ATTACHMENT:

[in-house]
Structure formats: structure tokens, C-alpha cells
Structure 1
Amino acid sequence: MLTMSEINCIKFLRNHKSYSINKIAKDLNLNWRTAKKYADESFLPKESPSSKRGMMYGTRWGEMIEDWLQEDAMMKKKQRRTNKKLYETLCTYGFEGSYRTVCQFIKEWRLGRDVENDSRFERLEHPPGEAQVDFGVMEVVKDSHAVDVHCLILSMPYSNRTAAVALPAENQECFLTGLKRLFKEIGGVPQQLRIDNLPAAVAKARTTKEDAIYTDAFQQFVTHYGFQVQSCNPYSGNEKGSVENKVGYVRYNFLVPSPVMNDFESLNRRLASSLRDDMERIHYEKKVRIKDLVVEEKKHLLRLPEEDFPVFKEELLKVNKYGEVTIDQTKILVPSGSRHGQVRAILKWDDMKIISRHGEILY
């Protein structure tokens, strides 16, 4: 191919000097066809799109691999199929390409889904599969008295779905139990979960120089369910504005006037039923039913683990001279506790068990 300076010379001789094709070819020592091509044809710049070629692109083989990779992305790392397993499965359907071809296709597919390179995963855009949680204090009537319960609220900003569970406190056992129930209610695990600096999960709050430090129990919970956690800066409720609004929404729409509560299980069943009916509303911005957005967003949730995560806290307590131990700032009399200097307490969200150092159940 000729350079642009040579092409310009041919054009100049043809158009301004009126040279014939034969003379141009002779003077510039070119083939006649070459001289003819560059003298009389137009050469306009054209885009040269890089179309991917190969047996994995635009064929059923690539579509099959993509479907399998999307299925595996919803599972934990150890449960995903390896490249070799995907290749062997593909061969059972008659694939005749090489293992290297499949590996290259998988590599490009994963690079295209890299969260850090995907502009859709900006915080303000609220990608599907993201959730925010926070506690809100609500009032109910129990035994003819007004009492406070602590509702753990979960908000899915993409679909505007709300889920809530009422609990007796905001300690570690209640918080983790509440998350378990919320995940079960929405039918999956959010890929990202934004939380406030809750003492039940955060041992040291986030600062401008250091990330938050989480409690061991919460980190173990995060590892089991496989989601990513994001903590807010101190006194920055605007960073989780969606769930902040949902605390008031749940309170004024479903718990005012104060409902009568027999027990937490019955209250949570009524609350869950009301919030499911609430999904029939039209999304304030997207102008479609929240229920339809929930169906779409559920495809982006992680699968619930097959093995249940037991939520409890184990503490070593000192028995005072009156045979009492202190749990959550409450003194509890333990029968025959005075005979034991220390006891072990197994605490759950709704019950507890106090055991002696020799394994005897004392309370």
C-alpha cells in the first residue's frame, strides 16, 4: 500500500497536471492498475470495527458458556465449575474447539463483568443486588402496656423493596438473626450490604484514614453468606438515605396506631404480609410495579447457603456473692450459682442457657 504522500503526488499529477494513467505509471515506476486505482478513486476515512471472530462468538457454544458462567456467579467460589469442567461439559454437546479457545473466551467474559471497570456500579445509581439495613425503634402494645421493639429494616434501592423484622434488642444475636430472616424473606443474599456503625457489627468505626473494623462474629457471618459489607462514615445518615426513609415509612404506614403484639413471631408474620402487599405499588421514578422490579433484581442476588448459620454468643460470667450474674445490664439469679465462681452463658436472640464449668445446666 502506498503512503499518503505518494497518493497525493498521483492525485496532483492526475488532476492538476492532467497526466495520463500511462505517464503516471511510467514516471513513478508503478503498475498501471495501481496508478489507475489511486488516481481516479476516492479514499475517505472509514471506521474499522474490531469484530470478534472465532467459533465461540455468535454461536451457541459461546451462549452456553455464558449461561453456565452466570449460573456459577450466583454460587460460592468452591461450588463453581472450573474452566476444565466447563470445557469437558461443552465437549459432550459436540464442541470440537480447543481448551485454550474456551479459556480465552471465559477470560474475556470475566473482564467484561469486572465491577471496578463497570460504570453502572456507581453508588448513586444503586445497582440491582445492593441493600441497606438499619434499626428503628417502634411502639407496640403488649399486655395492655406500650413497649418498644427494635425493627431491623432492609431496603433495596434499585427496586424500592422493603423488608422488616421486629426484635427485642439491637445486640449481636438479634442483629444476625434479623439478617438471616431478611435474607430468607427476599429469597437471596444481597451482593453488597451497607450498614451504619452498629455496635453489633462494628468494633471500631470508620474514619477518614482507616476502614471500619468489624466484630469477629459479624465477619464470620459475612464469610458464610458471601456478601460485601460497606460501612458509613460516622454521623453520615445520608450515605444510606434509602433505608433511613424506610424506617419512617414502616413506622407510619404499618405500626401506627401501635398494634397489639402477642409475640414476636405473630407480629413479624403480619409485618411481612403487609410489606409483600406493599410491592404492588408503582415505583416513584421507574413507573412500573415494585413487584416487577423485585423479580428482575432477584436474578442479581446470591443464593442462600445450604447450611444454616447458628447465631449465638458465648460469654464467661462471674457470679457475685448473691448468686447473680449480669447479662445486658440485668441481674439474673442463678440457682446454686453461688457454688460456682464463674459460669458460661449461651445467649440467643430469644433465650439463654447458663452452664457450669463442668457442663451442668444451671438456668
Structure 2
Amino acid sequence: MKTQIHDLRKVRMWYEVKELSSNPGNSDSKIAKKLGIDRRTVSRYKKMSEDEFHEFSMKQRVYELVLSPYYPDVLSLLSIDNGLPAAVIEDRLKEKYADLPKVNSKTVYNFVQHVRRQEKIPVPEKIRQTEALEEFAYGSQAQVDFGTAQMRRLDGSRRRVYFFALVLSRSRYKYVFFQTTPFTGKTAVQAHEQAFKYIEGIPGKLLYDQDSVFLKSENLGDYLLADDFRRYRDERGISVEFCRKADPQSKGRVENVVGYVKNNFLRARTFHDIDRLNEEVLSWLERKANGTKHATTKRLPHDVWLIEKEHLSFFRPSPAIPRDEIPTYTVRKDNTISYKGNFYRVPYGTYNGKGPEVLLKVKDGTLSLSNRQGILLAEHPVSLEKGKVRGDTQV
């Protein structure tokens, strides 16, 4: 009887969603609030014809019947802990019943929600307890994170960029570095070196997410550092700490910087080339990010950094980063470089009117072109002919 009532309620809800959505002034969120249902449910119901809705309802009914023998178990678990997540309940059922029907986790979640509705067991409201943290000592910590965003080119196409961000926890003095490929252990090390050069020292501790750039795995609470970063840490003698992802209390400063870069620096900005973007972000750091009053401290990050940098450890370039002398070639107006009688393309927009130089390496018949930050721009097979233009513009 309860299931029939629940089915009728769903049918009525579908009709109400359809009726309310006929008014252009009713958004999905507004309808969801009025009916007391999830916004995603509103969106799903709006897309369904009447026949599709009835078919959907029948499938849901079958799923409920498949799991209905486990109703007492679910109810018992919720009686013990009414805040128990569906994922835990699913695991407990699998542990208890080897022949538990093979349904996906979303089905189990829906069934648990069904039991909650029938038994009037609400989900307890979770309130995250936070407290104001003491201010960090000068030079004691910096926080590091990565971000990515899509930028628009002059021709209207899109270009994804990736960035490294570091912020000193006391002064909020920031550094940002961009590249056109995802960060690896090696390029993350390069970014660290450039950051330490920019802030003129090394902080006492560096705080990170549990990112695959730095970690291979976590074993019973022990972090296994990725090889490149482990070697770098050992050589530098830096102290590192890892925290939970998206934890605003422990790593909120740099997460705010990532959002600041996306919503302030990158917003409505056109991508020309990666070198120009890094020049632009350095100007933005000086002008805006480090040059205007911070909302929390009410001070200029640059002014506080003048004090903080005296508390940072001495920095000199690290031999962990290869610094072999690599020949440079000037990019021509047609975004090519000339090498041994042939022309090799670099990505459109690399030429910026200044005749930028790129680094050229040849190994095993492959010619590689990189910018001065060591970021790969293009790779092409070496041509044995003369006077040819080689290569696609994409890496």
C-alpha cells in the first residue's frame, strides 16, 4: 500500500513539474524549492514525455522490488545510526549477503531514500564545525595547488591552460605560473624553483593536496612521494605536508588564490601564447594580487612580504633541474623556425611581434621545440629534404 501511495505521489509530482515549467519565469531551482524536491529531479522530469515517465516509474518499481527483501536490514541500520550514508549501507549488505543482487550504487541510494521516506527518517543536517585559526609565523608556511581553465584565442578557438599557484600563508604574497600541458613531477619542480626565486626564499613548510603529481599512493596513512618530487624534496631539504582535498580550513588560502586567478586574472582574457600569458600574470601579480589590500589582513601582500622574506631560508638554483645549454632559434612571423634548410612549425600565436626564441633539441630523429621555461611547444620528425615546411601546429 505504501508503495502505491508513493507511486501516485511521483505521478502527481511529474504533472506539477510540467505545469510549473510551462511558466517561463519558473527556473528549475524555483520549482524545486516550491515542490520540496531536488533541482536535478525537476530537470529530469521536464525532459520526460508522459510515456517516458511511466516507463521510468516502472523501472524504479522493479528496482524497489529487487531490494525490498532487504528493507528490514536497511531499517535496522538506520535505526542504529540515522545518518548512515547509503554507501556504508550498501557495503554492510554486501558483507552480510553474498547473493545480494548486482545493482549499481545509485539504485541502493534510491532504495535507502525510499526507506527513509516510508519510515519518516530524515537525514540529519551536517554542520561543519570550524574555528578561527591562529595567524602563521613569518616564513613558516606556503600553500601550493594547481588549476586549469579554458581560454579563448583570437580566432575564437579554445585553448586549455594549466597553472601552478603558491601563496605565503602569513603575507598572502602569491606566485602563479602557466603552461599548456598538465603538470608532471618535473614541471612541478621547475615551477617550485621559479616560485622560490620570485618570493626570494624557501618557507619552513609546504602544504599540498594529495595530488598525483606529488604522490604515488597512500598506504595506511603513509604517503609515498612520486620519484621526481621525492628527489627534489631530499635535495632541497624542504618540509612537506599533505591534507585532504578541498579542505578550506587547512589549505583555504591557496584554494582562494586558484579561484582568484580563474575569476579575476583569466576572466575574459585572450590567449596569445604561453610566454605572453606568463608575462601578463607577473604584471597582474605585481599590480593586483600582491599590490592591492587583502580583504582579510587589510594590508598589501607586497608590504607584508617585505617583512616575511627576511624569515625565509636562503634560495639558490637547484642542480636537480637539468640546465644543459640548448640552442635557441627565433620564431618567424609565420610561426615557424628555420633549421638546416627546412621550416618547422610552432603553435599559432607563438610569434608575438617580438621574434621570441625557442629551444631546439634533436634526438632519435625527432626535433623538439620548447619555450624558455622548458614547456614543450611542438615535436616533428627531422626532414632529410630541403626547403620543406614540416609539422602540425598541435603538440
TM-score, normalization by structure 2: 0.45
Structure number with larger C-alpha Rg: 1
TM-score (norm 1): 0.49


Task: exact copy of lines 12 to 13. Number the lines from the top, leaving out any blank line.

Structure number with larger C-alpha Rg: 1
TM-score (norm 1): 0.49